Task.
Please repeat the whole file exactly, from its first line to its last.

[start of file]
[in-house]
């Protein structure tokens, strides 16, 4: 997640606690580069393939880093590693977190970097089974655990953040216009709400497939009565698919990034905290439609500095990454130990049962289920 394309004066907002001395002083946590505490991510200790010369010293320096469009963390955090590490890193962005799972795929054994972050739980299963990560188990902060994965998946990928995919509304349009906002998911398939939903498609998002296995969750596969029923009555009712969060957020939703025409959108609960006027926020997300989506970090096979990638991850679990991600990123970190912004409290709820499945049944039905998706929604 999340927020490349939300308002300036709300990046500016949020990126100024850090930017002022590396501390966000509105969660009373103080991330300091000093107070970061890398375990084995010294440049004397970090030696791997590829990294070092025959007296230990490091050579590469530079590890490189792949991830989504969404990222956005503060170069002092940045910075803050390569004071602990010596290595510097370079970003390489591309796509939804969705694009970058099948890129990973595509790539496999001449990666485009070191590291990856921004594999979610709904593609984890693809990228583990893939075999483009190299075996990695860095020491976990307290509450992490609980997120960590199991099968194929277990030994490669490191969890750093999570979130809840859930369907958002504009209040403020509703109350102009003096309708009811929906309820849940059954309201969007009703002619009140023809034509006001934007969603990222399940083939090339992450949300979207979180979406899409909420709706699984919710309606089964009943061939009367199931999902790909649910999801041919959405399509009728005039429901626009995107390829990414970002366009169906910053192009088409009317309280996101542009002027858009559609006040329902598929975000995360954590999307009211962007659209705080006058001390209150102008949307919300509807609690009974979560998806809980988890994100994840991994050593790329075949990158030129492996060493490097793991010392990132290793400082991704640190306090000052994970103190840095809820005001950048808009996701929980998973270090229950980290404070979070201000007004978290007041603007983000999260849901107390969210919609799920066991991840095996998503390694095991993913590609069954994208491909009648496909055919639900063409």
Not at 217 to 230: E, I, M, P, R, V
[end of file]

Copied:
[in-house]
């Protein structure tokens, strides 16, 4: 997640606690580069393939880093590693977190970097089974655990953040216009709400497939009565698919990034905290439609500095990454130990049962289920 394309004066907002001395002083946590505490991510200790010369010293320096469009963390955090590490890193962005799972795929054994972050739980299963990560188990902060994965998946990928995919509304349009906002998911398939939903498609998002296995969750596969029923009555009712969060957020939703025409959108609960006027926020997300989506970090096979990638991850679990991600990123970190912004409290709820499945049944039905998706929604 999340927020490349939300308002300036709300990046500016949020990126100024850090930017002022590396501390966000509105969660009373103080991330300091000093107070970061890398375990084995010294440049004397970090030696791997590829990294070092025959007296230990490091050579590469530079590890490189792949991830989504969404990222956005503060170069002092940045910075803050390569004071602990010596290595510097370079970003390489591309796509939804969705694009970058099948890129990973595509790539496999001449990666485009070191590291990856921004594999979610709904593609984890693809990228583990893939075999483009190299075996990695860095020491976990307290509450992490609980997120960590199991099968194929277990030994490669490191969890750093999570979130809840859930369907958002504009209040403020509703109350102009003096309708009811929906309820849940059954309201969007009703002619009140023809034509006001934007969603990222399940083939090339992450949300979207979180979406899409909420709706699984919710309606089964009943061939009367199931999902790909649910999801041919959405399509009728005039429901626009995107390829990414970002366009169906910053192009088409009317309280996101542009002027858009559609006040329902598929975000995360954590999307009211962007659209705080006058001390209150102008949307919300509807609690009974979560998806809980988890994100994840991994050593790329075949990158030129492996060493490097793991010392990132290793400082991704640190306090000052994970103190840095809820005001950048808009996701929980998973270090229950980290404070979070201000007004978290007041603007983000999260849901107390969210919609799920066991991840095996998503390694095991993913590609069954994208491909009648496909055919639900063409």
Not at 217 to 230: E, I, M, P, R, V